- ^ "Tesla Roadster Approved for Australian Roads [press release]". Business Wire. 2011-01-11. Archived from the original on 2016-03-04. Retrieved 2013-06-26.
- ^ Maric, Paul (2015-04-30). "Tesla to open new showroom and service centre in Richmond". Car Advice. Retrieved 2015-07-06.
- ^ "Tesla wins giant battery contract in Australia, has 100-day deadline". Reuters. 2017-07-07. Retrieved 2017-07-10.
- ^ a b "Tesla Motors to Provide Batteries for Freightliner Custom Chassis Electric Van". Motor Trend. WOT. Retrieved 2011-11-20.
- ^ Godske, Bjørn (2010-05-21). "Toyota buys $50mio stake in Tesla". Ing.dk. Retrieved 2010-05-21.
- ^ "Press Releases" (Press release). Tesla Motors. 2009-05-19. Archived from the original on 2009-05-22. Retrieved 2009-08-01.
- ^ Atkins, Thomas (2009-07-13). "UAE'S Aabar buys 40 pct of Daimler's Tesla stake". Reuters. Retrieved 2015-04-12.
- ^ "Aabar Daimler Press Release, 2009" (PDF). aabar.com.
- ^ Mike Ramsey. "Daimler sells Tesla stake for $780 Million". MarketWatch. Retrieved 2015-04-12.
- ^ Jeffrey N. Ross (2012-10-04). "Mercedes B-Class headed to America... but only as an EV?". Autoblog.com. Retrieved 2014-11-05.
- ^ "Mercedes-Benz Electric Car by Tesla Test Drive –Video Tesla Mercedes-Benz A Class". The Daily Green. 2010-09-03. Retrieved 2010-10-03.
- ^ "Mercedes-Benz Introduces the Battery-Powered A-Class E-CELL; Production Run of 500". Green Car Congress. 2010-09-15. Retrieved 2011-05-04.
- ^ Masson, Laurent J (2011-03-29). "Quick Drive: Electric Mercedes A-Class E-Cell". Plugin Cars. Retrieved 2011-05-04.
- ^ "Mercedes-Benz B Class Electric Coming To U.S.: Report (Compliance Car Watch)". Green Car Reports. Retrieved 2016-04-19.
- ^ Nikki Gordon-Bloomfield (2015-09-16). "Report: Next-Generation Smart ForTwo Electric Drive Will Feature Renault-Made Motors". Transport Evolved. Retrieved 2017-08-29.
- ^ "Press Releases" (Press release). Tesla Motors. Archived from the original on 2010-06-11. Retrieved 2010-06-28.
- ^ Tierney, Christine (2010-05-20). "Toyota invests in Tesla to help reopen Calif. plant". The Detroit News. Retrieved 2010-05-22.
- ^ Tajitsu, Naomi (2017-06-05). "Toyota dumps all its shares in Tesla as their tie-up ends". Business Insider. Business Insider. Retrieved 2017-06-06.
- ^ Abuelsamid, Sam (2010-07-16). "Breaking: Tesla and Toyota to develop RAV4 EV, hope to launch in 2012 — Autoblog Green". Green.autoblog.com. Retrieved 2010-07-19.
- ^ "Toyota unveils RAV4 EV demonstration vehicle; targeting fully-engineered version in 2012 for market". Green Car Congress. 2010-11-17. Retrieved 2010-11-18.
- ^ Tellem, Tori (2010-11-17). "2012 Toyota RAV4-EV: Take Two". The New York Times. Retrieved 2010-11-18.
- ^ "Toyota RAV4 EV key for meeting California ZEV requirements; Tesla powertrain uses Model S components". Green Car Congress. 2012-08-10. Retrieved 2012-08-04.
- ^ Garrett, Jerry (2012-08-03). "Toyota and Tesla Trot Out the RAV4 EV". The New York Times. Retrieved 2012-08-04.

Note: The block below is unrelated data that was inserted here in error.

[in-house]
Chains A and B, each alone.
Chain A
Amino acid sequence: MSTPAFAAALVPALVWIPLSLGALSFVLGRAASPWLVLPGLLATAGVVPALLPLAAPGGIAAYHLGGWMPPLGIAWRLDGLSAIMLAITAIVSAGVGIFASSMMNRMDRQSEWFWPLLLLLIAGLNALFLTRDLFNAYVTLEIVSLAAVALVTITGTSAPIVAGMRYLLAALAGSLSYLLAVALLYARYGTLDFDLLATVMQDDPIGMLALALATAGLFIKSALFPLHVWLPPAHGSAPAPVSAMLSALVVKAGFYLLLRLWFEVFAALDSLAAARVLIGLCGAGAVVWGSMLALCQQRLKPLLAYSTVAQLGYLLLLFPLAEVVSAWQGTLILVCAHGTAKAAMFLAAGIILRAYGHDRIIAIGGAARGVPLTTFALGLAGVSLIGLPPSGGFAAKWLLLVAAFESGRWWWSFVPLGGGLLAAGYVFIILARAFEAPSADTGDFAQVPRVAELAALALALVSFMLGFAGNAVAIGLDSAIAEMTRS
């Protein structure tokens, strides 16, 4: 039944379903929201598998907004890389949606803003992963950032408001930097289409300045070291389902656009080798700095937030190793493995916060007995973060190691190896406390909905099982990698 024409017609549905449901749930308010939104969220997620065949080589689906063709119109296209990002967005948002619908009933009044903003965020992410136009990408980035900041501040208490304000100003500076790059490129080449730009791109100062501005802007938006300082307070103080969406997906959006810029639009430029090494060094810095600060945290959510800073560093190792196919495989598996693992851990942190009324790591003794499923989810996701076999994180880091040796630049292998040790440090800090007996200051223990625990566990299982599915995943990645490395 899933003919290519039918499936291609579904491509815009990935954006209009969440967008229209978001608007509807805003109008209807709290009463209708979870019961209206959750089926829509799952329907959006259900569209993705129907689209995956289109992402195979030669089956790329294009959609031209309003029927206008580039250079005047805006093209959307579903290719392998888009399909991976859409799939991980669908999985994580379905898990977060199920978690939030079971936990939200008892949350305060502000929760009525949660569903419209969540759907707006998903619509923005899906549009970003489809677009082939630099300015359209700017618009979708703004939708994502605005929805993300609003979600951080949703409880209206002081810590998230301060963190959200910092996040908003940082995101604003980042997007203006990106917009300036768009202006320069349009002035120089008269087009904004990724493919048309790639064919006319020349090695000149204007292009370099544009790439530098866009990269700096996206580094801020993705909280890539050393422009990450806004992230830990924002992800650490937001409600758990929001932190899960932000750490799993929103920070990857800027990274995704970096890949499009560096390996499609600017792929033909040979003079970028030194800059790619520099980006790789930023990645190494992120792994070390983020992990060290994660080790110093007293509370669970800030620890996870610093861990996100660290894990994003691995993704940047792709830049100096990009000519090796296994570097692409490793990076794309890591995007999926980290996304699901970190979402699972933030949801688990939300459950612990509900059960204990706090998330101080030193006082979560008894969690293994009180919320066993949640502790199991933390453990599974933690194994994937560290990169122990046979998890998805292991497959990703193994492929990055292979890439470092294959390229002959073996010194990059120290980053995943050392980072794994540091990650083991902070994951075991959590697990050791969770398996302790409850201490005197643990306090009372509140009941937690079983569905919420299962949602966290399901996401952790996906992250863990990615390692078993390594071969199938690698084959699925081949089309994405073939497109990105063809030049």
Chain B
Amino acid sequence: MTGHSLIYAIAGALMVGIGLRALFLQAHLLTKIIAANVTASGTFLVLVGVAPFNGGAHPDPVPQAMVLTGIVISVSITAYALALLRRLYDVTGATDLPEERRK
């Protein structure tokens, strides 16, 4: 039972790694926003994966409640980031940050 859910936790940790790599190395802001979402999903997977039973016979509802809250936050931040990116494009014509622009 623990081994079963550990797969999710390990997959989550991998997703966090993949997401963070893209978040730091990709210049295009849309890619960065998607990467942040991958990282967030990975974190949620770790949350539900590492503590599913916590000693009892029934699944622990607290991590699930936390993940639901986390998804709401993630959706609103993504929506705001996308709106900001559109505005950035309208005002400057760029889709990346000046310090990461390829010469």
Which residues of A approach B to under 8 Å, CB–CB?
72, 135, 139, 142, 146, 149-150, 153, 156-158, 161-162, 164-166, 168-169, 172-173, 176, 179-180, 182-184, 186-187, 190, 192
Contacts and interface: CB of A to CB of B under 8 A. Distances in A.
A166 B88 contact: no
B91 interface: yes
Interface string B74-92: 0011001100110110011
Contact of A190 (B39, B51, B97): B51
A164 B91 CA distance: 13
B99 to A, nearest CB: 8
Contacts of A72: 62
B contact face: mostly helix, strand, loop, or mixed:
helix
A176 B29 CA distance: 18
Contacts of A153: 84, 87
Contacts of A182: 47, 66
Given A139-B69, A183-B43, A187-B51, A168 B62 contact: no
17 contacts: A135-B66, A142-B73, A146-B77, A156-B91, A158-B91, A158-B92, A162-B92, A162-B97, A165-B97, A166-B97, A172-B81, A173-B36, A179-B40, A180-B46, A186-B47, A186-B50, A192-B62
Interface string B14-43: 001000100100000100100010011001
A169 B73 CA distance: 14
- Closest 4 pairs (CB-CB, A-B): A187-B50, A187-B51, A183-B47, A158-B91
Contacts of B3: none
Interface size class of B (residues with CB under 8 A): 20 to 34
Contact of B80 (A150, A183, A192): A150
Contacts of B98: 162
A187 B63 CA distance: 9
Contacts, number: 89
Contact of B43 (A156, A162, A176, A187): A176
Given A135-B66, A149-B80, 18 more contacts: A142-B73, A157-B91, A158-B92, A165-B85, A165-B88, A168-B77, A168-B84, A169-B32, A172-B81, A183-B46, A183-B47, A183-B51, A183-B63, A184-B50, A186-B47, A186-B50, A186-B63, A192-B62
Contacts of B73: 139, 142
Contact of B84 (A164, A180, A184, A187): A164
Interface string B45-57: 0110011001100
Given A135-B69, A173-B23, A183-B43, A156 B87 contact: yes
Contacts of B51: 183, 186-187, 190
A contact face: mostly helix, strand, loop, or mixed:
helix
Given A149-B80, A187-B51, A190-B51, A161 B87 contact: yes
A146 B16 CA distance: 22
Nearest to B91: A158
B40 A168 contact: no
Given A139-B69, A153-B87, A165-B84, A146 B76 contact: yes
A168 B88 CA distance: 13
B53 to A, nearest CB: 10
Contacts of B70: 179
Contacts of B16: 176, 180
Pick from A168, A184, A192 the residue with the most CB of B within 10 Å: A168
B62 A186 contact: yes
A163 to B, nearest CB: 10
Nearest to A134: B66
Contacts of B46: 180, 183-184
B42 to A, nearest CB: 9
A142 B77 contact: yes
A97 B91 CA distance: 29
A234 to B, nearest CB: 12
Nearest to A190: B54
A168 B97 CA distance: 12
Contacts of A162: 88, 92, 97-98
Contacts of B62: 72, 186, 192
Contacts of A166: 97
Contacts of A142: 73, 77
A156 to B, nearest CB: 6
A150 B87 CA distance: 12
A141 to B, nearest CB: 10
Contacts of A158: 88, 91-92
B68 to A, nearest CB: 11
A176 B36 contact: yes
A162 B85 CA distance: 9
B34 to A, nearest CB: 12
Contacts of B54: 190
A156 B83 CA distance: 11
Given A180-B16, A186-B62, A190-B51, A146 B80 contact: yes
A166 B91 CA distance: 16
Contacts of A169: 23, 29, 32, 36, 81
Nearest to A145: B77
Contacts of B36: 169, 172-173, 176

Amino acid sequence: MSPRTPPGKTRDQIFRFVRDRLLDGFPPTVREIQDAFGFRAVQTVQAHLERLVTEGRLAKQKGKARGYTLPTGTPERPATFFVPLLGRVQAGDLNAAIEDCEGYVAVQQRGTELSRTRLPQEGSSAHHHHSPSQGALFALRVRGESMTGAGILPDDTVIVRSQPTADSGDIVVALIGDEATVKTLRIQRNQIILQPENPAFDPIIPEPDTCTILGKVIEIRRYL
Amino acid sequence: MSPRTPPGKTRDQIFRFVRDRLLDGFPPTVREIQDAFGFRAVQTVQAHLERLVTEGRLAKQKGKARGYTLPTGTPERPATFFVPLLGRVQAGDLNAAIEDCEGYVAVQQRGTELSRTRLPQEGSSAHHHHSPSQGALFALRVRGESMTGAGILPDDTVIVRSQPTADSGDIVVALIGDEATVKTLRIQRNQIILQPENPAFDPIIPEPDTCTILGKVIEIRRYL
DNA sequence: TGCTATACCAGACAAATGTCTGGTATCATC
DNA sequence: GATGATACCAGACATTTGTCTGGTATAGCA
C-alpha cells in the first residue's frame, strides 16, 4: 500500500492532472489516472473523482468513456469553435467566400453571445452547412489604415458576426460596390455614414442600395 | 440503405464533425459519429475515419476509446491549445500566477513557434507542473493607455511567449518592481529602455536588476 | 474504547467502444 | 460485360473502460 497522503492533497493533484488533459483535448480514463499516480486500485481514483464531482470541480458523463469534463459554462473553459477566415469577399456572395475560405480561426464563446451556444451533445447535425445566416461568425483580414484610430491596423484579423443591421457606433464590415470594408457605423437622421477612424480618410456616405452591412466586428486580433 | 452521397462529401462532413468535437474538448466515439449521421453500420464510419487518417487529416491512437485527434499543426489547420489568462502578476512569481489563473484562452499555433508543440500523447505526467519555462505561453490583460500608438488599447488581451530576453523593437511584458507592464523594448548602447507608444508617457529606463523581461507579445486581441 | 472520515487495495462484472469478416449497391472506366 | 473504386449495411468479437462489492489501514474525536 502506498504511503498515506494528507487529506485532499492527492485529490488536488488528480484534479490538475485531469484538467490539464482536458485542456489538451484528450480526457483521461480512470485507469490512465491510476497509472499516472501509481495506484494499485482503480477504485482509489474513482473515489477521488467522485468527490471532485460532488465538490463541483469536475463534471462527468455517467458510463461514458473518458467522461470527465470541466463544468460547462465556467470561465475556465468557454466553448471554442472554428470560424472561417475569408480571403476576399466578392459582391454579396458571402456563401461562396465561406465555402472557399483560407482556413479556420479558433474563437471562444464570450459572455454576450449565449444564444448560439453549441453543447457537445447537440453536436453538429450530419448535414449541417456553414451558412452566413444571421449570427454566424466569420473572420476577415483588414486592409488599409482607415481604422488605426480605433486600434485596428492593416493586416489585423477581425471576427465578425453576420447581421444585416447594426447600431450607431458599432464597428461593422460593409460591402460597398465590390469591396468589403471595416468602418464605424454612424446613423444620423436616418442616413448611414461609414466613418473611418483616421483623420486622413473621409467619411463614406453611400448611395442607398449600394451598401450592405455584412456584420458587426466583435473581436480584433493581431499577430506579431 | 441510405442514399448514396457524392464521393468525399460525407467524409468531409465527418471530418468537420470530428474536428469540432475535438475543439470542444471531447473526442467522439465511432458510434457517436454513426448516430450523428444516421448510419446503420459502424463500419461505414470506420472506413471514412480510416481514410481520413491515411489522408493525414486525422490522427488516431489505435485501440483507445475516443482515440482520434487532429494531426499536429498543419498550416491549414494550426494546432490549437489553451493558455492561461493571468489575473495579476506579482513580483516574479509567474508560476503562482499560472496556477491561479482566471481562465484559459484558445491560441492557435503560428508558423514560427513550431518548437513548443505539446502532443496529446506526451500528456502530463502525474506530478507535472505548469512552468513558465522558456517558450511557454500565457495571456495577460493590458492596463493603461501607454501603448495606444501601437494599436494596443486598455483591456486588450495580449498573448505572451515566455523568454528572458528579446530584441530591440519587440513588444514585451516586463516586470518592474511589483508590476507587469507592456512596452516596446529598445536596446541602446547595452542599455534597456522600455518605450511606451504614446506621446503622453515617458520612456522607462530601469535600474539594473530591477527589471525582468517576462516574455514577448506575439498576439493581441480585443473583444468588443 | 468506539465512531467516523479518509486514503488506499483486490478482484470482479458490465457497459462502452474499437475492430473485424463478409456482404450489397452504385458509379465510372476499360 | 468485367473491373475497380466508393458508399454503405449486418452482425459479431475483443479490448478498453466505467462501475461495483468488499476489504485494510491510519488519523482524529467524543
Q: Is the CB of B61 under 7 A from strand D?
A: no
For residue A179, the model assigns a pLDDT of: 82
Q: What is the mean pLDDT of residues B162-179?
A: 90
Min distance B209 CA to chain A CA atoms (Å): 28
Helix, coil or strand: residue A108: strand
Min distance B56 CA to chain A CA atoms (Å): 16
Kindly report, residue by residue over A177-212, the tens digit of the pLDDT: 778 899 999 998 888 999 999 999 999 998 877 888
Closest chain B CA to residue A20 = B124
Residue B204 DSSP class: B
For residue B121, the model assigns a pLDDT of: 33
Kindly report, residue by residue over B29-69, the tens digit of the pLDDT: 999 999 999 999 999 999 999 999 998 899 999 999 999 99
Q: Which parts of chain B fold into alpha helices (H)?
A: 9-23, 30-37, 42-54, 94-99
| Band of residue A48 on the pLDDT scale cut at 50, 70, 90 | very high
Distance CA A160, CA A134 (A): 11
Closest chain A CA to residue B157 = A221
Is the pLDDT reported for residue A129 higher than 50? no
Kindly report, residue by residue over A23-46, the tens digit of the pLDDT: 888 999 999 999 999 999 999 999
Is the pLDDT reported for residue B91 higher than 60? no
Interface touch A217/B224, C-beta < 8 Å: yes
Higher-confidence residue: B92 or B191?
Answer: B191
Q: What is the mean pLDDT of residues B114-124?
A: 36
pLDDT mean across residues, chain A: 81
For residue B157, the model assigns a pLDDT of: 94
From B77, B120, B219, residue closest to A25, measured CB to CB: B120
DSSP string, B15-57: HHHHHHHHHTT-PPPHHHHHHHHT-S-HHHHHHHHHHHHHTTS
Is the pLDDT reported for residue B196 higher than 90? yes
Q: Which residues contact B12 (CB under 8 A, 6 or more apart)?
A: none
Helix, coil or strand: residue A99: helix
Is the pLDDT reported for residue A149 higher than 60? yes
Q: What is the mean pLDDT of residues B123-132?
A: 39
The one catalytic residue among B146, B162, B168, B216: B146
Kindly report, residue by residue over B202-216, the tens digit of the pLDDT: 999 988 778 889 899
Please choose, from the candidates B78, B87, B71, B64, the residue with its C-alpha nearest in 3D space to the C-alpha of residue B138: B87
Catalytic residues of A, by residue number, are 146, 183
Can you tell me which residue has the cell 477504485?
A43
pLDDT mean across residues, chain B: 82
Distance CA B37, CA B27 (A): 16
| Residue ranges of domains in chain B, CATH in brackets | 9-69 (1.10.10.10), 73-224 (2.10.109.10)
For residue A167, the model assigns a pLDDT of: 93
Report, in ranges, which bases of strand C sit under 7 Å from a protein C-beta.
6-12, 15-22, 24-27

- ^ Gupta, Poornima (2010-01-07). "Tesla, Panasonic partner on electric car batteries". Reuters. Retrieved 2015-04-12.
- ^ "Tesla & Panasonic Make It Official, Buddy Up for Batteries: Cleantech News". Gigaom.com. 2010-01-07. Retrieved 2010-10-03.
- ^ "Panasonic invests $30m in Tesla". New Statesman. Retrieved 2010-11-16.
- ^ "Panasonic, Tesla agree to partnership for US car battery plant". Nikkei Inc. 2014-07-29. Retrieved 2014-08-01.
- ^ "Tesla and Panasonic Will Begin Manufacturing Solar Cells and Modules in Buffalo, NY". www.tesla.com. Retrieved 2016-12-28.
- ^ Kaufman, Alexander C. (2015-08-24). "Tesla Wants To Take Stress Out of Vacationing with an Electric Car". The Huffington Post. Retrieved 2015-08-26.
- ^ "Tesla Partners With Liberty Mutual for Customized Insurance Plan". Bloomberg.com. 2017-10-13. Retrieved 2018-03-09.
- ^ Korzeniewski, Jeremy (2008-04-15). "Tesla files suit against Fisker Automotive". Autoblog.com. Retrieved 2015-04-12.
- ^ Migliore, Greg (2008-04-16). "Tesla sues Fisker, alleges theft of trade secrets". AutoWeek. Retrieved 2008-04-16.
- ^ LaMonica, Martin (2008-11-04). "Tesla Motors loses trade secrets case against Fisker". CNET News. Retrieved 2009-09-27.
- ^ Eberhard v. Musk, Case No.: CIV-484400 (Superior Court of the State of California County of San Mateo 2009-07-29) (“From defendand's filing: "During a conversation with Musk in 2003, JB Straubel ("Straubel"), who later became Tesla's Chief Technology Officer, learned of Musk's interest in the development of an all-electric automobile. Following this conversation, he introduced Musk to Tom Gage and Al Ciccone at AC Propulsion, a company that had built an all-electric concept sports car call the Tzero. Musk was enthusiastic and encouraged Gage and Ciccone to put the Tzero concept into production. Though Musk was unable to persuade AC Propulsion to mass produce the Tzero, Gage offered to give Musk's contact information to two groups who did have such an interest, one of which included Eberhard, Marc Tarpenning ("Tarpenning"), and Ian Wright ("Wright").”).
- ^ Fehrenbacher, Katie (2009-06-14). "Tesla Lawsuit: The Incredible Importance of Being a Founder". Earth2tech. Retrieved 2009-08-01.
- ^ Martin Eberhard lawsuit (PDF), San Mateo County, CA
- ^ "Superior Court of California". County of San Mateo. July 17, 2009. Archived from the original on August 4, 2009. Retrieved August 1, 2009.
- ^ "Judge Strikes Claim on Who Can Be Declared a Founder of Tesla Motors [press release]". Business Wire. Retrieved 2009-08-01.
- ^ Squatriglia, Chuck (2009-08-19). "Eberhard Says 'Uncle' in Tesla Lawsuit". Wired. Autopia. Retrieved 2009-09-14.
- ^ "Tesla Motors founders: Now there are five". CNET. 2009-09-21. Retrieved 2009-09-21.
- ^ Vaughan, Adam (2014-05-23). "Tesla Motors accused of bullying to grab key car charging sites in the UK". The Guardian. UK. Retrieved 2014-06-14.